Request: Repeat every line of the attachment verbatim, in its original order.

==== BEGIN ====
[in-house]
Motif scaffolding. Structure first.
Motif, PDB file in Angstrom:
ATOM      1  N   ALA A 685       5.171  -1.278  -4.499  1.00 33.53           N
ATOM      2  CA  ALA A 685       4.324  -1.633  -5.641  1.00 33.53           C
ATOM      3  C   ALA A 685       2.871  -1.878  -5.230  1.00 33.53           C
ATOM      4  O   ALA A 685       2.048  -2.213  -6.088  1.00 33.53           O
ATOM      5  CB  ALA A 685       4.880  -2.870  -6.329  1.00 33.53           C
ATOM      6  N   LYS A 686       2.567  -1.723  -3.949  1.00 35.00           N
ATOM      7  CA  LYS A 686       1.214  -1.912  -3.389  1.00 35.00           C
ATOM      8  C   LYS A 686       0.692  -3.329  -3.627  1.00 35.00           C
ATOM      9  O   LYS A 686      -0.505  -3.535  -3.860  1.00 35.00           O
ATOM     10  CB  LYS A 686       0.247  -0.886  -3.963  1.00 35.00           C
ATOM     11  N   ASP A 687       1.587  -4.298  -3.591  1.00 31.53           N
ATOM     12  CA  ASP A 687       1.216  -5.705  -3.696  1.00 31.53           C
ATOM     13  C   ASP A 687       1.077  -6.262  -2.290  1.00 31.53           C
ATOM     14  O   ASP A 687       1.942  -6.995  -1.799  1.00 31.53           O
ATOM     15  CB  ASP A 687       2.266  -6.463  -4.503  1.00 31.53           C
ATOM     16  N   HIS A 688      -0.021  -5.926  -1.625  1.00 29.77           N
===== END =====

[in-house]
Motif scaffolding. Structure first.
Motif, PDB file in Angstrom:
ATOM      1  N   ALA A 685       5.171  -1.278  -4.499  1.00 33.53           N
ATOM      2  CA  ALA A 685       4.324  -1.633  -5.641  1.00 33.53           C
ATOM      3  C   ALA A 685       2.871  -1.878  -5.230  1.00 33.53           C
ATOM      4  O   ALA A 685       2.048  -2.213  -6.088  1.00 33.53           O
ATOM      5  CB  ALA A 685       4.880  -2.870  -6.329  1.00 33.53           C
ATOM      6  N   LYS A 686       2.567  -1.723  -3.949  1.00 35.00           N
ATOM      7  CA  LYS A 686       1.214  -1.912  -3.389  1.00 35.00           C
ATOM      8  C   LYS A 686       0.692  -3.329  -3.627  1.00 35.00           C
ATOM      9  O   LYS A 686      -0.505  -3.535  -3.860  1.00 35.00           O
ATOM     10  CB  LYS A 686       0.247  -0.886  -3.963  1.00 35.00           C
ATOM     11  N   ASP A 687       1.587  -4.298  -3.591  1.00 31.53           N
ATOM     12  CA  ASP A 687       1.216  -5.705  -3.696  1.00 31.53           C
ATOM     13  C   ASP A 687       1.077  -6.262  -2.290  1.00 31.53           C
ATOM     14  O   ASP A 687       1.942  -6.995  -1.799  1.00 31.53           O
ATOM     15  CB  ASP A 687       2.266  -6.463  -4.503  1.00 31.53           C
ATOM     16  N   HIS A 688      -0.021  -5.926  -1.625  1.00 29.77           N